International Trade in Indigenous Cultural Heritage
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International Trade in Indigenous Cultural Heritage

Legal and Policy Issues

Edited by Christoph Beat Graber, Karolina Kuprecht and Jessica Christine Lai

The book is unique in taking a multi-faceted approach to cultural heritage, incorporating discussion on tangible and intangible, moveable and immoveable elements of indigenous peoples’ culture. From the perspectives of several international legal fields, including trade law, intellectual property, cultural property, cultural heritage law and human rights, the book explores how indigenous peoples could be empowered to participate more actively in the trade of their cultural heritage without being compelled to renounce important traditional values. The national and local legal realities in four jurisdictions (New Zealand, Australia, United States and Canada) lay the scene for a wide-ranging analysis of various possibilities and proposals on how this might be achieved.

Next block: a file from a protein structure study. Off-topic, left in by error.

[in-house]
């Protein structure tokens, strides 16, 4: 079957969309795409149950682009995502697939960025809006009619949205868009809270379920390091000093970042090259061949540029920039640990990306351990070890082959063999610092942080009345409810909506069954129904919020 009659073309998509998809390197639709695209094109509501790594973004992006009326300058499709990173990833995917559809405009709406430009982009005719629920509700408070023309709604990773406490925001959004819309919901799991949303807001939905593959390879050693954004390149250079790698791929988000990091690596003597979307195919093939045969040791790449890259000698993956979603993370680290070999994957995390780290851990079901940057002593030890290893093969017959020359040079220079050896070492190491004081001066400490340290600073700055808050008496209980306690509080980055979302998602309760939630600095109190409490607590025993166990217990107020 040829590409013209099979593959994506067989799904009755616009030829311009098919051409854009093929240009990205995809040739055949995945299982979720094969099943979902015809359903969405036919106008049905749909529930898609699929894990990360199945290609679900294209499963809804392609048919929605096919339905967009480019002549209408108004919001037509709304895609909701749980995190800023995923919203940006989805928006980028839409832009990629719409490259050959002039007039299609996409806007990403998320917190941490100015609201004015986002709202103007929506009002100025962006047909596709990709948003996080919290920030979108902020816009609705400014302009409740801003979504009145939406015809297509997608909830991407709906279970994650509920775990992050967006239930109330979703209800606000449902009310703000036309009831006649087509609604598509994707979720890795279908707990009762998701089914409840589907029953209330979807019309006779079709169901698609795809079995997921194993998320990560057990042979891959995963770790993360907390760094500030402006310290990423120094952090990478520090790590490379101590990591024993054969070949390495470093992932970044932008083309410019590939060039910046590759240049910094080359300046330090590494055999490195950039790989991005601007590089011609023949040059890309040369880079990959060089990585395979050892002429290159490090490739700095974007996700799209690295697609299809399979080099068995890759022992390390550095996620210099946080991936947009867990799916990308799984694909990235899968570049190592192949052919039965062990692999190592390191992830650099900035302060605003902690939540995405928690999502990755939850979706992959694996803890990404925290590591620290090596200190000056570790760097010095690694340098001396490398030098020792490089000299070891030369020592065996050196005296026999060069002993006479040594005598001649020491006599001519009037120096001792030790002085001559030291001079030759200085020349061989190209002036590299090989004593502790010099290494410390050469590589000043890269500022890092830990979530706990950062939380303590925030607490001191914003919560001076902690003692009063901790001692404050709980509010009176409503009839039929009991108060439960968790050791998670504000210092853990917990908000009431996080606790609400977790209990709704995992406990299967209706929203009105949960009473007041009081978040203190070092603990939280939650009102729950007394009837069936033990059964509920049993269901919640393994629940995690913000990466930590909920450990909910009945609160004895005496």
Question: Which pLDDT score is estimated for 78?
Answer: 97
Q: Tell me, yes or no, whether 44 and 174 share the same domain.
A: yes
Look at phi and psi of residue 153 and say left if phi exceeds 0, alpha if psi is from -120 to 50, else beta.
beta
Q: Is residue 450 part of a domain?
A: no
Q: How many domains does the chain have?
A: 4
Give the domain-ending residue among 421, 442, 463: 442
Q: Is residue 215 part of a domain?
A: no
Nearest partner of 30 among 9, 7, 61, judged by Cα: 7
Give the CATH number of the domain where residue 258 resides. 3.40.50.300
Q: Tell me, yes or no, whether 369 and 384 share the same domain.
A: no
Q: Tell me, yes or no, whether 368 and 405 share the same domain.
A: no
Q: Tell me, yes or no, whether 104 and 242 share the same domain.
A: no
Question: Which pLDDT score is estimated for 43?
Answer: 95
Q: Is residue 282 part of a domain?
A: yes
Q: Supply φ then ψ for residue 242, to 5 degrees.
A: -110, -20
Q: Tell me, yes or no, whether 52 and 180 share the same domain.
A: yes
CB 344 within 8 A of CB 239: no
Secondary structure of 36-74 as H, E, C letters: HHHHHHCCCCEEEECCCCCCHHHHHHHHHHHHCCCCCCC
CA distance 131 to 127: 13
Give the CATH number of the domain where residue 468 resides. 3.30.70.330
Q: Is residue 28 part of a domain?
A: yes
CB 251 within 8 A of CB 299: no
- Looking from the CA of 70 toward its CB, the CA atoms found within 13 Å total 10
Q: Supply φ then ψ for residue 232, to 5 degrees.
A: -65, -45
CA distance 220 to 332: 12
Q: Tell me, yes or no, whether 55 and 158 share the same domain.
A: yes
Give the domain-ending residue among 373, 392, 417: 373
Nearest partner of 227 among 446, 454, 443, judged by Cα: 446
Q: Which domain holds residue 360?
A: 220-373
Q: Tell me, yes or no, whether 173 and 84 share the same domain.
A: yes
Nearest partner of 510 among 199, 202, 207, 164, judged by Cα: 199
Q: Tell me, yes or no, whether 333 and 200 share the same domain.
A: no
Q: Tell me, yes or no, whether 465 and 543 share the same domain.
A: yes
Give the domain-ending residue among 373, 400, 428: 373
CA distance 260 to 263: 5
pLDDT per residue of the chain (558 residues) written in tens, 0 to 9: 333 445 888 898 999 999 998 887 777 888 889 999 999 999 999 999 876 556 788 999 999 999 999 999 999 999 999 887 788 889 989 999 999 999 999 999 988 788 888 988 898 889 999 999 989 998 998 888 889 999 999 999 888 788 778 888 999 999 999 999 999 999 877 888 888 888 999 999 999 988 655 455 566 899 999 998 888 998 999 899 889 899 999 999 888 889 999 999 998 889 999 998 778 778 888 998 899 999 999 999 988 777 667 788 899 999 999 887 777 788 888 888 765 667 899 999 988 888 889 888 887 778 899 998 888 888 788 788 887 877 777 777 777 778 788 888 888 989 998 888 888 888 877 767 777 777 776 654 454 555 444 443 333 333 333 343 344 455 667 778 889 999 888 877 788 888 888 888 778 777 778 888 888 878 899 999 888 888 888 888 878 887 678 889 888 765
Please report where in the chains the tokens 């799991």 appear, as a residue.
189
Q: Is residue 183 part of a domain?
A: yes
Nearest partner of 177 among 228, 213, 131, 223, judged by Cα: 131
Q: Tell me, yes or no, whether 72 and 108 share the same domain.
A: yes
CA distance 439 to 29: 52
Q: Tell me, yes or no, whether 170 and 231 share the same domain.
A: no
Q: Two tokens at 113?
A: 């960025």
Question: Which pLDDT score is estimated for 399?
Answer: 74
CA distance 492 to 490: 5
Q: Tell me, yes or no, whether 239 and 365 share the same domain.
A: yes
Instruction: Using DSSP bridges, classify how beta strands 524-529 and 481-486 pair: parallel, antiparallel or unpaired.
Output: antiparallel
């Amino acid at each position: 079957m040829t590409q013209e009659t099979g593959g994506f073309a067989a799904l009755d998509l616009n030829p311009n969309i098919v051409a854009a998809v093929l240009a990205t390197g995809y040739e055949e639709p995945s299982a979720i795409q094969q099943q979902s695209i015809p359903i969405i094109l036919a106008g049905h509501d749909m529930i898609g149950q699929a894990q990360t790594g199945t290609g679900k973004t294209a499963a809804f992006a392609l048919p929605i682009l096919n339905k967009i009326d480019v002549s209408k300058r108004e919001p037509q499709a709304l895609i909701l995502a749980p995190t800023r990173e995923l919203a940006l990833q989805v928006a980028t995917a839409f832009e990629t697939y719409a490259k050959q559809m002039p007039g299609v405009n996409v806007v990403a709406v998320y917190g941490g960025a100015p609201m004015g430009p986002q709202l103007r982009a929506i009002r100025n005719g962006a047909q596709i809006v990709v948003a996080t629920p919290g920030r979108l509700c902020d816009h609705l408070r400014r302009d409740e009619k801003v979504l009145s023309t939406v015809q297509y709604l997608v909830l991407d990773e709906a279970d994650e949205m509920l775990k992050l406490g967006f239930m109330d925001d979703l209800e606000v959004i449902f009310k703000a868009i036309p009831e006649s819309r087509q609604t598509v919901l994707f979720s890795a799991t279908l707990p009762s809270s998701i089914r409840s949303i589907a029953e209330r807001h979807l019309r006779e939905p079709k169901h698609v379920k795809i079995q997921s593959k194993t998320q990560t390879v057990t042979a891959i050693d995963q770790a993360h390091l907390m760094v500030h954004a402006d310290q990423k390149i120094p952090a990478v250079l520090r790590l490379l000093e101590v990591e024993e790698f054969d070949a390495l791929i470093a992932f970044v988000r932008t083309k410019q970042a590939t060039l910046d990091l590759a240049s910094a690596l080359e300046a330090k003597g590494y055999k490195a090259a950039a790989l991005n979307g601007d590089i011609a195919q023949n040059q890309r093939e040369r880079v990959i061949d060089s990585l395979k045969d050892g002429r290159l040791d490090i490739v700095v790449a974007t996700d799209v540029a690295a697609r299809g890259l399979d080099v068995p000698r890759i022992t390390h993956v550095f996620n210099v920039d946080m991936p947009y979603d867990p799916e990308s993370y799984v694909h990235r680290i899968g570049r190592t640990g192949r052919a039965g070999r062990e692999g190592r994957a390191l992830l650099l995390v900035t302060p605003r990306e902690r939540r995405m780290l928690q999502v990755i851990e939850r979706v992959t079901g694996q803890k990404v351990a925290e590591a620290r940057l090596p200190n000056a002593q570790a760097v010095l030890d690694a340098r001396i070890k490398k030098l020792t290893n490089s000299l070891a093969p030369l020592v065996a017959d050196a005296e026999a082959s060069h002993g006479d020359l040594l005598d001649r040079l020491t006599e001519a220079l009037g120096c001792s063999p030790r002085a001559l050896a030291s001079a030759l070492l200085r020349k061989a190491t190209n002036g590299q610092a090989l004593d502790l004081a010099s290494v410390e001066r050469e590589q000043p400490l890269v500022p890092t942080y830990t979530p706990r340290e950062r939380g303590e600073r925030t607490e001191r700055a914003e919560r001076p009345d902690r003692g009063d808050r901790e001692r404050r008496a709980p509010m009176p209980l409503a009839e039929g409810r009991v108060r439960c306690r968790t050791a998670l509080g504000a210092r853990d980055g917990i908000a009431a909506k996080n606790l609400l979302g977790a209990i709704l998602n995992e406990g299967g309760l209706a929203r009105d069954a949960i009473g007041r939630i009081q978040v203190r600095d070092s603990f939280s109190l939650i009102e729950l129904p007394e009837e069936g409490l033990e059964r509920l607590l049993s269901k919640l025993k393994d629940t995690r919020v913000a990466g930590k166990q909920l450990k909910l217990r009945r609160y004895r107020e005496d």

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Chapter 2: Indigenous self-government, cultural heritage and international trade: a sociological perspective

Duane Champagne


International agencies, such as the World Trade Organization (WTO), have given more attention in recent years to formulating international laws for regulating intellectual property rights in ways more agreeable to indigenous peoples. The newly focused attention, undoubtedly, is a product of indigenous peoples voicing their views against the non-consensual commodification of many aspects of indigenous culture. A primary goal of international laws regulating intellectual property is to increase and broaden the possibilities of international markets. While protecting rights to creative production and ownership, international bodies want to ensure that intellectual properties and cultural expressions are efficiently allocated within the global market. Appropriately rewarding cultural and intellectual creativity leads to greater productivity and increased value. International law and agencies want to encourage greater cultural expression, value, creativity and productivity. Can the market goals of international law on property rights be reconciled with indigenous views?

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